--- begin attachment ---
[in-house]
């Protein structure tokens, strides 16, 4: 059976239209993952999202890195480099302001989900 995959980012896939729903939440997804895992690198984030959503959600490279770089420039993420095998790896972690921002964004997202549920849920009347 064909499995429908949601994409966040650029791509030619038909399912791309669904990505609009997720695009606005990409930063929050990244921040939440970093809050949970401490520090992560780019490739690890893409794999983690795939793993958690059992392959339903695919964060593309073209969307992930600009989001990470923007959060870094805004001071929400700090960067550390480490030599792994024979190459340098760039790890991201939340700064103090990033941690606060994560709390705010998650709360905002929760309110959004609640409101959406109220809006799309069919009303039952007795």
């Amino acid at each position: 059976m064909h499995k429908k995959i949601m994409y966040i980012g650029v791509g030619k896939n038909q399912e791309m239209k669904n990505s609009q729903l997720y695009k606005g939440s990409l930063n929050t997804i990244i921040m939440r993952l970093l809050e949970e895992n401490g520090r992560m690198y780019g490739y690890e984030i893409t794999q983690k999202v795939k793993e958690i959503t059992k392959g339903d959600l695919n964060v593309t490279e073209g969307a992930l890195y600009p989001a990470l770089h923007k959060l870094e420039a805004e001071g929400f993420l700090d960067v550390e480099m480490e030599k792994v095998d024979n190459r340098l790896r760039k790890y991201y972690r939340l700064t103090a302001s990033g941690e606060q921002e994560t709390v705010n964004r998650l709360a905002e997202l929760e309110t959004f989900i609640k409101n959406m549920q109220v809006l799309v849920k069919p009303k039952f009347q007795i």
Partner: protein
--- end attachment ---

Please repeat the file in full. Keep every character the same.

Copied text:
[in-house]
């Protein structure tokens, strides 16, 4: 059976239209993952999202890195480099302001989900 995959980012896939729903939440997804895992690198984030959503959600490279770089420039993420095998790896972690921002964004997202549920849920009347 064909499995429908949601994409966040650029791509030619038909399912791309669904990505609009997720695009606005990409930063929050990244921040939440970093809050949970401490520090992560780019490739690890893409794999983690795939793993958690059992392959339903695919964060593309073209969307992930600009989001990470923007959060870094805004001071929400700090960067550390480490030599792994024979190459340098760039790890991201939340700064103090990033941690606060994560709390705010998650709360905002929760309110959004609640409101959406109220809006799309069919009303039952007795």
């Amino acid at each position: 059976m064909h499995k429908k995959i949601m994409y966040i980012g650029v791509g030619k896939n038909q399912e791309m239209k669904n990505s609009q729903l997720y695009k606005g939440s990409l930063n929050t997804i990244i921040m939440r993952l970093l809050e949970e895992n401490g520090r992560m690198y780019g490739y690890e984030i893409t794999q983690k999202v795939k793993e958690i959503t059992k392959g339903d959600l695919n964060v593309t490279e073209g969307a992930l890195y600009p989001a990470l770089h923007k959060l870094e420039a805004e001071g929400f993420l700090d960067v550390e480099m480490e030599k792994v095998d024979n190459r340098l790896r760039k790890y991201y972690r939340l700064t103090a302001s990033g941690e606060q921002e994560t709390v705010n964004r998650l709360a905002e997202l929760e309110t959004f989900i609640k409101n959406m549920q109220v809006l799309v849920k069919p009303k039952f009347q007795i």
Partner: protein